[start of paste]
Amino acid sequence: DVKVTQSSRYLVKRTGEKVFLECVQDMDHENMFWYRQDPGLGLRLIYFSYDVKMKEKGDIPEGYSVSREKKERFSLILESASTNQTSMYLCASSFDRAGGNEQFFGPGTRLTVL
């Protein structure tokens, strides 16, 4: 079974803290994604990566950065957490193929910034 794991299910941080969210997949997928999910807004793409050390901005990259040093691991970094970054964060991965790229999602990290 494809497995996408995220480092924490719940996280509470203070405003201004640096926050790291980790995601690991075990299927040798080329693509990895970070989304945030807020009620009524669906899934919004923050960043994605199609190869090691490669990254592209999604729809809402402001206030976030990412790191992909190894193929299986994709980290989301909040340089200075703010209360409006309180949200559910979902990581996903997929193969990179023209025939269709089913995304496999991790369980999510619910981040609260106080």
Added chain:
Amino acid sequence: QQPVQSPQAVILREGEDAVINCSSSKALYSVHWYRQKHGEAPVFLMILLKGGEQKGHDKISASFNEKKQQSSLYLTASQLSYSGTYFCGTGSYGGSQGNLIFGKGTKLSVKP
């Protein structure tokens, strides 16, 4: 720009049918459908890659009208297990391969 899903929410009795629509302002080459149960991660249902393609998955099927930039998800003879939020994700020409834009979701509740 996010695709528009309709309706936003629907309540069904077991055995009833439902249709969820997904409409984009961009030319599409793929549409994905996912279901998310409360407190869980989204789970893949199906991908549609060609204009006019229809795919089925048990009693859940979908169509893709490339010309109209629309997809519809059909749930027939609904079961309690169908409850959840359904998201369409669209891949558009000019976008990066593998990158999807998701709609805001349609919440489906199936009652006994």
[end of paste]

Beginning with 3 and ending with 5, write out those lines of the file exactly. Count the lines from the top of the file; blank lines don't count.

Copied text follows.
Added chain:
Amino acid sequence: QQPVQSPQAVILREGEDAVINCSSSKALYSVHWYRQKHGEAPVFLMILLKGGEQKGHDKISASFNEKKQQSSLYLTASQLSYSGTYFCGTGSYGGSQGNLIFGKGTKLSVKP
């Protein structure tokens, strides 16, 4: 720009049918459908890659009208297990391969 899903929410009795629509302002080459149960991660249902393609998955099927930039998800003879939020994700020409834009979701509740 996010695709528009309709309706936003629907309540069904077991055995009833439902249709969820997904409409984009961009030319599409793929549409994905996912279901998310409360407190869980989204789970893949199906991908549609060609204009006019229809795919089925048990009693859940979908169509893709490339010309109209629309997809519809059909749930027939609904079961309690169908409850959840359904998201369409669209891949558009000019976008990066593998990158999807998701709609805001349609919440489906199936009652006994």